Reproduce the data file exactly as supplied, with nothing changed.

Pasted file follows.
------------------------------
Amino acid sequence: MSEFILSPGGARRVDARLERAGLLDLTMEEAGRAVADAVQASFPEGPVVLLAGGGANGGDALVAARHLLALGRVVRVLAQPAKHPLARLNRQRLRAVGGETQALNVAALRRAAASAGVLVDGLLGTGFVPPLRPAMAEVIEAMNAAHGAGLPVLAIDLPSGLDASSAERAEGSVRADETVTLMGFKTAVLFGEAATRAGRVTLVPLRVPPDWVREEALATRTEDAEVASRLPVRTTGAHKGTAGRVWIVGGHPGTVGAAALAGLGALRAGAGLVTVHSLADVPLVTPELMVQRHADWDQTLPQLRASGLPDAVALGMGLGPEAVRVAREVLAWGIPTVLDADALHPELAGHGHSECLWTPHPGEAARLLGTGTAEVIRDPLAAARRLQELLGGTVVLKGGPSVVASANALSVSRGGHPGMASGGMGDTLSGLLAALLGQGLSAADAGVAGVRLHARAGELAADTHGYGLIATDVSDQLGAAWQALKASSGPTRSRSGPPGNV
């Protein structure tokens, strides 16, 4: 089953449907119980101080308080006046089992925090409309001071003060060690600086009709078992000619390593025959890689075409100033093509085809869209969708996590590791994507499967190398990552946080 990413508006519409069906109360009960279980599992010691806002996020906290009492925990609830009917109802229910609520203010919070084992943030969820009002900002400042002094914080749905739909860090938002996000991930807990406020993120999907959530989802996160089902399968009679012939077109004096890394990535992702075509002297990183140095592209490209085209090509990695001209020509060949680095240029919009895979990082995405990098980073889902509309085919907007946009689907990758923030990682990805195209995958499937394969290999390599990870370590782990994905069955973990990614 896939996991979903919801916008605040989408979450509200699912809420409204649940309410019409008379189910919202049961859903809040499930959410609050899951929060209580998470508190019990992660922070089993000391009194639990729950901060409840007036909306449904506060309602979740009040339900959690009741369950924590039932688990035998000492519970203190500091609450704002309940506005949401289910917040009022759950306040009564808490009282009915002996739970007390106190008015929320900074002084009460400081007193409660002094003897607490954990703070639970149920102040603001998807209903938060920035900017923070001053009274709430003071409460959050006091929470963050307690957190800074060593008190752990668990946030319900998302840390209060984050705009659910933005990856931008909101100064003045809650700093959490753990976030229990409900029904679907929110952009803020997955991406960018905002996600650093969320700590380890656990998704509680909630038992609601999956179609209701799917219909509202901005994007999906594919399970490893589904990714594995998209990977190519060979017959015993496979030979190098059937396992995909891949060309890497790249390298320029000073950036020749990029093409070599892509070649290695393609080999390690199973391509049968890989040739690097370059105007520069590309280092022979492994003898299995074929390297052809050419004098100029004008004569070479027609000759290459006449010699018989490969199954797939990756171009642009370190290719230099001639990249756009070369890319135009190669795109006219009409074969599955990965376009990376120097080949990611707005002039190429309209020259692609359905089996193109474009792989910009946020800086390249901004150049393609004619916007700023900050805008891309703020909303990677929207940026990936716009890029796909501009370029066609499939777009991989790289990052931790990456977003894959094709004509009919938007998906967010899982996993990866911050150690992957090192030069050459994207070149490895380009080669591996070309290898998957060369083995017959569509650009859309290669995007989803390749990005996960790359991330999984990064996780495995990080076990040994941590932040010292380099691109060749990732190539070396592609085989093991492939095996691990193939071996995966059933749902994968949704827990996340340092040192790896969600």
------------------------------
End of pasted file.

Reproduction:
Amino acid sequence: MSEFILSPGGARRVDARLERAGLLDLTMEEAGRAVADAVQASFPEGPVVLLAGGGANGGDALVAARHLLALGRVVRVLAQPAKHPLARLNRQRLRAVGGETQALNVAALRRAAASAGVLVDGLLGTGFVPPLRPAMAEVIEAMNAAHGAGLPVLAIDLPSGLDASSAERAEGSVRADETVTLMGFKTAVLFGEAATRAGRVTLVPLRVPPDWVREEALATRTEDAEVASRLPVRTTGAHKGTAGRVWIVGGHPGTVGAAALAGLGALRAGAGLVTVHSLADVPLVTPELMVQRHADWDQTLPQLRASGLPDAVALGMGLGPEAVRVAREVLAWGIPTVLDADALHPELAGHGHSECLWTPHPGEAARLLGTGTAEVIRDPLAAARRLQELLGGTVVLKGGPSVVASANALSVSRGGHPGMASGGMGDTLSGLLAALLGQGLSAADAGVAGVRLHARAGELAADTHGYGLIATDVSDQLGAAWQALKASSGPTRSRSGPPGNV
């Protein structure tokens, strides 16, 4: 089953449907119980101080308080006046089992925090409309001071003060060690600086009709078992000619390593025959890689075409100033093509085809869209969708996590590791994507499967190398990552946080 990413508006519409069906109360009960279980599992010691806002996020906290009492925990609830009917109802229910609520203010919070084992943030969820009002900002400042002094914080749905739909860090938002996000991930807990406020993120999907959530989802996160089902399968009679012939077109004096890394990535992702075509002297990183140095592209490209085209090509990695001209020509060949680095240029919009895979990082995405990098980073889902509309085919907007946009689907990758923030990682990805195209995958499937394969290999390599990870370590782990994905069955973990990614 896939996991979903919801916008605040989408979450509200699912809420409204649940309410019409008379189910919202049961859903809040499930959410609050899951929060209580998470508190019990992660922070089993000391009194639990729950901060409840007036909306449904506060309602979740009040339900959690009741369950924590039932688990035998000492519970203190500091609450704002309940506005949401289910917040009022759950306040009564808490009282009915002996739970007390106190008015929320900074002084009460400081007193409660002094003897607490954990703070639970149920102040603001998807209903938060920035900017923070001053009274709430003071409460959050006091929470963050307690957190800074060593008190752990668990946030319900998302840390209060984050705009659910933005990856931008909101100064003045809650700093959490753990976030229990409900029904679907929110952009803020997955991406960018905002996600650093969320700590380890656990998704509680909630038992609601999956179609209701799917219909509202901005994007999906594919399970490893589904990714594995998209990977190519060979017959015993496979030979190098059937396992995909891949060309890497790249390298320029000073950036020749990029093409070599892509070649290695393609080999390690199973391509049968890989040739690097370059105007520069590309280092022979492994003898299995074929390297052809050419004098100029004008004569070479027609000759290459006449010699018989490969199954797939990756171009642009370190290719230099001639990249756009070369890319135009190669795109006219009409074969599955990965376009990376120097080949990611707005002039190429309209020259692609359905089996193109474009792989910009946020800086390249901004150049393609004619916007700023900050805008891309703020909303990677929207940026990936716009890029796909501009370029066609499939777009991989790289990052931790990456977003894959094709004509009919938007998906967010899982996993990866911050150690992957090192030069050459994207070149490895380009080669591996070309290898998957060369083995017959569509650009859309290669995007989803390749990005996960790359991330999984990064996780495995990080076990040994941590932040010292380099691109060749990732190539070396592609085989093991492939095996691990193939071996995966059933749902994968949704827990996340340092040192790896969600």